English Wikipedia has an article on:

Alternative formsEdit


world soul (usually uncountable, plural world souls)

  1. (religion, philosophy) A single, unifying spirit believed by some to animate every living being in the world and to underlie the value of every inanimate thing as well.
    • 1633, John Donne, "The Canonization":
      You, to whom love was peace, that now is rage;
      Who did the whole world's soul contract, and drove
      Into the glasses of your eyes
    • 1847, Ralph Waldo Emerson, "The World-Soul":
      Thanks to the morning light,
      Thanks to the seething sea,
      To the uplands of New Hampshire,
      To the green-haired forest free . . .
    • 1912, Marian Fell (translator) Anton Chekhov (author), The Seagull, act 1:
      NINA: The bodies of all living creatures have dropped to dust, and eternal matter has transformed them into stones and water and clouds; but their spirits have flowed together into one, and that great world-soul am I!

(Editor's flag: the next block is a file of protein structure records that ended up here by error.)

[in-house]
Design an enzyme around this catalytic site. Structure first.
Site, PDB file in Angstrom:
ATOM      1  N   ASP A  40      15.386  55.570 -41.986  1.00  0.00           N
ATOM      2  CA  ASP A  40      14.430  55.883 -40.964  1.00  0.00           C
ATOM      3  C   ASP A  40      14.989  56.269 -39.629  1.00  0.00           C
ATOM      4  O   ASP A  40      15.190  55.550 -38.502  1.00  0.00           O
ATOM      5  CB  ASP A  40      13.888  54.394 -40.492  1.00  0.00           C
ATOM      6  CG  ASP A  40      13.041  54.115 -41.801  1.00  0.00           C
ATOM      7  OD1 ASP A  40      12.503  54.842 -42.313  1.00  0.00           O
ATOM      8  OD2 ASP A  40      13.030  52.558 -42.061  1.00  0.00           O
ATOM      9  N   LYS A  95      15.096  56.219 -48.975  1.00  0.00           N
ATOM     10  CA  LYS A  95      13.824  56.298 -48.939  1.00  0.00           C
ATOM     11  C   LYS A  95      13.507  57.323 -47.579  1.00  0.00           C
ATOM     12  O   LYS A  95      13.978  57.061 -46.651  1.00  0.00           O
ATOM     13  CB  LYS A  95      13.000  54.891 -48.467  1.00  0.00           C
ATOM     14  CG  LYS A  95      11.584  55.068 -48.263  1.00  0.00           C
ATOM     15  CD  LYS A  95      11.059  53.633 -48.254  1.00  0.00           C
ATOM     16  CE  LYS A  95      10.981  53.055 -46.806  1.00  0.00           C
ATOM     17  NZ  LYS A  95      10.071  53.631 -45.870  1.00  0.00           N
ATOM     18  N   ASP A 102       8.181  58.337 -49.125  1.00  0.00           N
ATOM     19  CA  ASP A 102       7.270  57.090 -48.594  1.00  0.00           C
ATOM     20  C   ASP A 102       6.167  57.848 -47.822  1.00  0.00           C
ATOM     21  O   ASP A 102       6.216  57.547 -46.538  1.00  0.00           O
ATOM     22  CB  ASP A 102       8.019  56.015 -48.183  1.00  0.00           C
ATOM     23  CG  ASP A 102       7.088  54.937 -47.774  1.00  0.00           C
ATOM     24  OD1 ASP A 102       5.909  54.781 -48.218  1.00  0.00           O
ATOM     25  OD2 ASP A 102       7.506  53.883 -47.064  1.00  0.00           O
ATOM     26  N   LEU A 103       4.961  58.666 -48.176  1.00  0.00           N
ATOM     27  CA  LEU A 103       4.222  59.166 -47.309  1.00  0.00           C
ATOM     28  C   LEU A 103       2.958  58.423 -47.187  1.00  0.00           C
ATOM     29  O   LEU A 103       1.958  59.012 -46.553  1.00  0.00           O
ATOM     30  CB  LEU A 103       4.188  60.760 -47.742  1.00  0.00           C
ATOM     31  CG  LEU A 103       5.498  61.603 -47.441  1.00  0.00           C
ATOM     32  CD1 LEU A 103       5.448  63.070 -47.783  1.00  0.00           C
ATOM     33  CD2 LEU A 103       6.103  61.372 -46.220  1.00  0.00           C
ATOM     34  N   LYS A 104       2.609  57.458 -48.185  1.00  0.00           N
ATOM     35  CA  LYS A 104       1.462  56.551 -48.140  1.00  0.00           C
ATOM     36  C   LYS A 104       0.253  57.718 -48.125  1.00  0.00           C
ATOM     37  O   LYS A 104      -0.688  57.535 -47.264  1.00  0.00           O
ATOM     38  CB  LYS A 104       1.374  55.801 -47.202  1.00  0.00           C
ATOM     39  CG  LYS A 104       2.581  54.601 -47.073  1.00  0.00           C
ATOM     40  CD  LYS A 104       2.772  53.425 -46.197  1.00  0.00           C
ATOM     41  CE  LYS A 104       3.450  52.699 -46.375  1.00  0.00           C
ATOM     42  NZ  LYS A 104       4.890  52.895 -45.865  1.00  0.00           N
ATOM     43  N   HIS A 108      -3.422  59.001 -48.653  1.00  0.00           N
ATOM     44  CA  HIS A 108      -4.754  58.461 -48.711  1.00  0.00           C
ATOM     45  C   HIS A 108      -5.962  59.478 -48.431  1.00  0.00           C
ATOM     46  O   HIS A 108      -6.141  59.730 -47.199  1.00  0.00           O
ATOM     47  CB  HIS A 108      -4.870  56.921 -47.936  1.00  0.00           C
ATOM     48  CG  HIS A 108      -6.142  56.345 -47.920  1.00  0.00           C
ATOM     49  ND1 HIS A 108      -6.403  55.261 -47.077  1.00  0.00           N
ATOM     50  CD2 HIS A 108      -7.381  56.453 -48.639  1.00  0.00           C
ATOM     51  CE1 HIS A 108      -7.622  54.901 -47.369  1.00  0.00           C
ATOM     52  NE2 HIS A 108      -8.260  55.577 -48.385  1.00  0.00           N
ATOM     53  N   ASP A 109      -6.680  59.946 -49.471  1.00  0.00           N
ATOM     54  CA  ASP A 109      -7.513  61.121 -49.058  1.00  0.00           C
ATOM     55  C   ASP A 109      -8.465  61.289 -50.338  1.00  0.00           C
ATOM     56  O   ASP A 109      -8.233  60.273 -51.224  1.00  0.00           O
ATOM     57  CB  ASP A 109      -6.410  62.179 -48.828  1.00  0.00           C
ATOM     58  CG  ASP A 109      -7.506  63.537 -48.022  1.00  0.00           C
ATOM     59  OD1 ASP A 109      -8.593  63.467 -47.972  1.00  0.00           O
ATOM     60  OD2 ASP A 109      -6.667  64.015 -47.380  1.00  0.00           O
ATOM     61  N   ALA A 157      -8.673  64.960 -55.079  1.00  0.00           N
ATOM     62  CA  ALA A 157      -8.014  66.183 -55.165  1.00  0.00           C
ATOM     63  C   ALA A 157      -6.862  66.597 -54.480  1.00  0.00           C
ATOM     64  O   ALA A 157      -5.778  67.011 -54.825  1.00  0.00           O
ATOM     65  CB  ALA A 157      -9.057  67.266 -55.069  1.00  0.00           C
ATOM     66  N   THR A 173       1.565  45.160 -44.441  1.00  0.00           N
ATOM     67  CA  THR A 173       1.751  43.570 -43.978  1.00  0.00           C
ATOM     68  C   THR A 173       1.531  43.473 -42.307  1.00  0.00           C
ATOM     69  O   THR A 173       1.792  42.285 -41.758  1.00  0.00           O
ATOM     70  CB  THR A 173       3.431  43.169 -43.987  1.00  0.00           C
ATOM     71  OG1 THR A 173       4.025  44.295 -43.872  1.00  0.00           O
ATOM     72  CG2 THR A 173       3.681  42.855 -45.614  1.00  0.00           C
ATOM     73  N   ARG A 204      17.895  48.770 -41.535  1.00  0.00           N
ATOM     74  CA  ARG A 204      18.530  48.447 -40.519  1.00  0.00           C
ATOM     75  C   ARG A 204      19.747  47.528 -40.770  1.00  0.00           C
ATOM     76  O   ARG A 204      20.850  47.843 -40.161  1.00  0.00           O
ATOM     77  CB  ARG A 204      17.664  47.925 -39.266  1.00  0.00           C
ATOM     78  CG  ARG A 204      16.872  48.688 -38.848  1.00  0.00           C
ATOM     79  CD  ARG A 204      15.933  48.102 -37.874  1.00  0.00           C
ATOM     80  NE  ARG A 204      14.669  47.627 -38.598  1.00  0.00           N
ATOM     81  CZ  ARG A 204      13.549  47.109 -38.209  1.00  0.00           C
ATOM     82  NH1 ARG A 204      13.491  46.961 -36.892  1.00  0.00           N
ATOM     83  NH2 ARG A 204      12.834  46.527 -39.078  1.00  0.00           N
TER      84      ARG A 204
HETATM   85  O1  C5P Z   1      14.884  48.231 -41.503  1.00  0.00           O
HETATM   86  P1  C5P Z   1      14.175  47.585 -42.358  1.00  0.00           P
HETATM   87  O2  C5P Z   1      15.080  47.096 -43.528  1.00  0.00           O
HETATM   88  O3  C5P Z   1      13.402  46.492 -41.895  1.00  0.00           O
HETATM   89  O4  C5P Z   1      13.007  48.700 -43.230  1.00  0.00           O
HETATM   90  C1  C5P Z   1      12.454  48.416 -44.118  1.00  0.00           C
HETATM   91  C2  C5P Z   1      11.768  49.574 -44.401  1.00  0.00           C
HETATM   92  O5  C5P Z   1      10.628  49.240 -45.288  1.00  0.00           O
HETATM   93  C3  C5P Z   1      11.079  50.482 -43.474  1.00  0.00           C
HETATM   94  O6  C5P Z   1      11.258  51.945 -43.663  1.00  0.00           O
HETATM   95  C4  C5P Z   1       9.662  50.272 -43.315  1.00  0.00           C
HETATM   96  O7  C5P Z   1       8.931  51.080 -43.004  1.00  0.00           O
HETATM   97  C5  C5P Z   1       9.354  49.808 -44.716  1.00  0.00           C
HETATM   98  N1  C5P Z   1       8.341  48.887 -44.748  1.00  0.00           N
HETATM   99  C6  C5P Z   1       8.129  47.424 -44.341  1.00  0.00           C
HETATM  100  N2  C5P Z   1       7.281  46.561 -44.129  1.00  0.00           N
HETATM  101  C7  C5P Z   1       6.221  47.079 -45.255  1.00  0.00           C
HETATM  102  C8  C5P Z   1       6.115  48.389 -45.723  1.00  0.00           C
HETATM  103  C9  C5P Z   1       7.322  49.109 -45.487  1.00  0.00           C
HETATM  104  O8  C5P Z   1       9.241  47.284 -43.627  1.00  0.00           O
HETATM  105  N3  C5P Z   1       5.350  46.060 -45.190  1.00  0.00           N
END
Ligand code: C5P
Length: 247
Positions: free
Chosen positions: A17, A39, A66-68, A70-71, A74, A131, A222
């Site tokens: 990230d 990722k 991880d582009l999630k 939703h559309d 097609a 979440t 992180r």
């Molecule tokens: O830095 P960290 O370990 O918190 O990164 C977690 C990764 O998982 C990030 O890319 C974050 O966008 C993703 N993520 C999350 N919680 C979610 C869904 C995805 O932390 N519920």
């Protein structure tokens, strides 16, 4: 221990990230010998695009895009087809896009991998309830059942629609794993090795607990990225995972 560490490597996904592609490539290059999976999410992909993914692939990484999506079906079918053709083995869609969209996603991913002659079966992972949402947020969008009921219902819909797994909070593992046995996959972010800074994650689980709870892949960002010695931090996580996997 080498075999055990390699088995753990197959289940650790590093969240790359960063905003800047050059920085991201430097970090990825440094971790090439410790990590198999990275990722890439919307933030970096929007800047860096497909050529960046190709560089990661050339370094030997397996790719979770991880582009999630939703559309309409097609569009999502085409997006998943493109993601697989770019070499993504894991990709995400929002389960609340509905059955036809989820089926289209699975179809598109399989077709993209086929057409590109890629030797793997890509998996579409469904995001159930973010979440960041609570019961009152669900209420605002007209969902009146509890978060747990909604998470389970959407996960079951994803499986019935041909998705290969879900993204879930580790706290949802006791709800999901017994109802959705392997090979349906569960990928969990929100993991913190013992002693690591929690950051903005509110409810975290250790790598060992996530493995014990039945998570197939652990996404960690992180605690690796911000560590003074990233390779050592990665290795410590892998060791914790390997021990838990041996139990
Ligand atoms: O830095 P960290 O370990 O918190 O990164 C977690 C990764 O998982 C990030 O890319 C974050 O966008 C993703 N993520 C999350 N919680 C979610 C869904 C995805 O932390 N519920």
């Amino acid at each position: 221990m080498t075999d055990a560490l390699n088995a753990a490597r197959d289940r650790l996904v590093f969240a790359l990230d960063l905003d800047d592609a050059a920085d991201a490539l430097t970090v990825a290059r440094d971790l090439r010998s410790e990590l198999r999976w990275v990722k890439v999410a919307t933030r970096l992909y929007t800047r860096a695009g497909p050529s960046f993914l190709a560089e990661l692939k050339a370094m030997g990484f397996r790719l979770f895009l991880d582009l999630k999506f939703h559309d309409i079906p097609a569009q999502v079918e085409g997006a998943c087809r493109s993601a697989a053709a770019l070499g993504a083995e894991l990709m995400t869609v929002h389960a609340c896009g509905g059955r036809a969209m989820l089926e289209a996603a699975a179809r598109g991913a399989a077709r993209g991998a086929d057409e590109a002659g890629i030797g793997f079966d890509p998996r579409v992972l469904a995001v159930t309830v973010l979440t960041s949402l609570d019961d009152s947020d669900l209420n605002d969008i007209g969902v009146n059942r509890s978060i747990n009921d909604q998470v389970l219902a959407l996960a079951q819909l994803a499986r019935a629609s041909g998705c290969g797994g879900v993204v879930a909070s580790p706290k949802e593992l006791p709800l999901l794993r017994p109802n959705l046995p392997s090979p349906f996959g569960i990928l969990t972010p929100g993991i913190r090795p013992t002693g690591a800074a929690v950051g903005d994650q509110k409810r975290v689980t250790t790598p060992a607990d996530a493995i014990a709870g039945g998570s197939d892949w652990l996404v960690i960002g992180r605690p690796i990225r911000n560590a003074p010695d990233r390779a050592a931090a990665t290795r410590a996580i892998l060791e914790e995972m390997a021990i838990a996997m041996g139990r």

• 1913 Gilbert Keith Chesterton, The Victorian Age in Literature, ch. 1:
      Like many ungainly or otherwise unattractive Scotchmen, he [Thomas Carlyle] was a seer. By which I do not mean to refer so much to his transcendental rhapsodies about the World-soul or the Nature-garment or the Mysteries and Eternities generally.
    • 1940 April 29, "Scientist on Immortality," Time:
      During the long nights on the mountain overshadowing Pasadena, he has done a lot of unorthodox thinking about the human mind, the human soul, the World Soul, Cosmic Consciousness, Cosmos, God.
    • 2001 June 3, Marina Warner, "Books: Where Heaven Touches Down," New York Times (retrieved 19 July 2011):
      [H]er vision of Sant'Agnese resembles the beautiful Neoplatonist concept of the world soul as a great boat, in which every individual is a member of the crew who rows it through the cosmos for the space of existence, and then merges back into its fabric.



See alsoEdit